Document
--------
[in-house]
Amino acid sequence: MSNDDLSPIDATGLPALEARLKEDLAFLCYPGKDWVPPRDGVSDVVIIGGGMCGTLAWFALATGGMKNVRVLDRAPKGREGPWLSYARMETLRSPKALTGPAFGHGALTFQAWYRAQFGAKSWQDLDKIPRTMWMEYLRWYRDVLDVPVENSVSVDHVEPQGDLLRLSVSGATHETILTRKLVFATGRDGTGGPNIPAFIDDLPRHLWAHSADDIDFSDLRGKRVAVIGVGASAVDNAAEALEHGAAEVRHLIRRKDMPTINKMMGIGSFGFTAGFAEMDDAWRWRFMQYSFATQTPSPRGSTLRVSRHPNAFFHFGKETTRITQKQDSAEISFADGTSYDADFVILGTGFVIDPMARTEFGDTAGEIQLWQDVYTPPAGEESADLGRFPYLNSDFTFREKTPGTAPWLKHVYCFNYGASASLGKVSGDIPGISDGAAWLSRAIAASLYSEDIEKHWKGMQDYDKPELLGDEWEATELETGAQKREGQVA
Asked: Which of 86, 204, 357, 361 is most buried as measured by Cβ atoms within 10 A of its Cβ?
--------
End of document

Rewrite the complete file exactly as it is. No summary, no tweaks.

[in-house]
Amino acid sequence: MSNDDLSPIDATGLPALEARLKEDLAFLCYPGKDWVPPRDGVSDVVIIGGGMCGTLAWFALATGGMKNVRVLDRAPKGREGPWLSYARMETLRSPKALTGPAFGHGALTFQAWYRAQFGAKSWQDLDKIPRTMWMEYLRWYRDVLDVPVENSVSVDHVEPQGDLLRLSVSGATHETILTRKLVFATGRDGTGGPNIPAFIDDLPRHLWAHSADDIDFSDLRGKRVAVIGVGASAVDNAAEALEHGAAEVRHLIRRKDMPTINKMMGIGSFGFTAGFAEMDDAWRWRFMQYSFATQTPSPRGSTLRVSRHPNAFFHFGKETTRITQKQDSAEISFADGTSYDADFVILGTGFVIDPMARTEFGDTAGEIQLWQDVYTPPAGEESADLGRFPYLNSDFTFREKTPGTAPWLKHVYCFNYGASASLGKVSGDIPGISDGAAWLSRAIAASLYSEDIEKHWKGMQDYDKPELLGDEWEATELETGAQKREGQVA
Asked: Which of 86, 204, 357, 361 is most buried as measured by Cβ atoms within 10 A of its Cβ?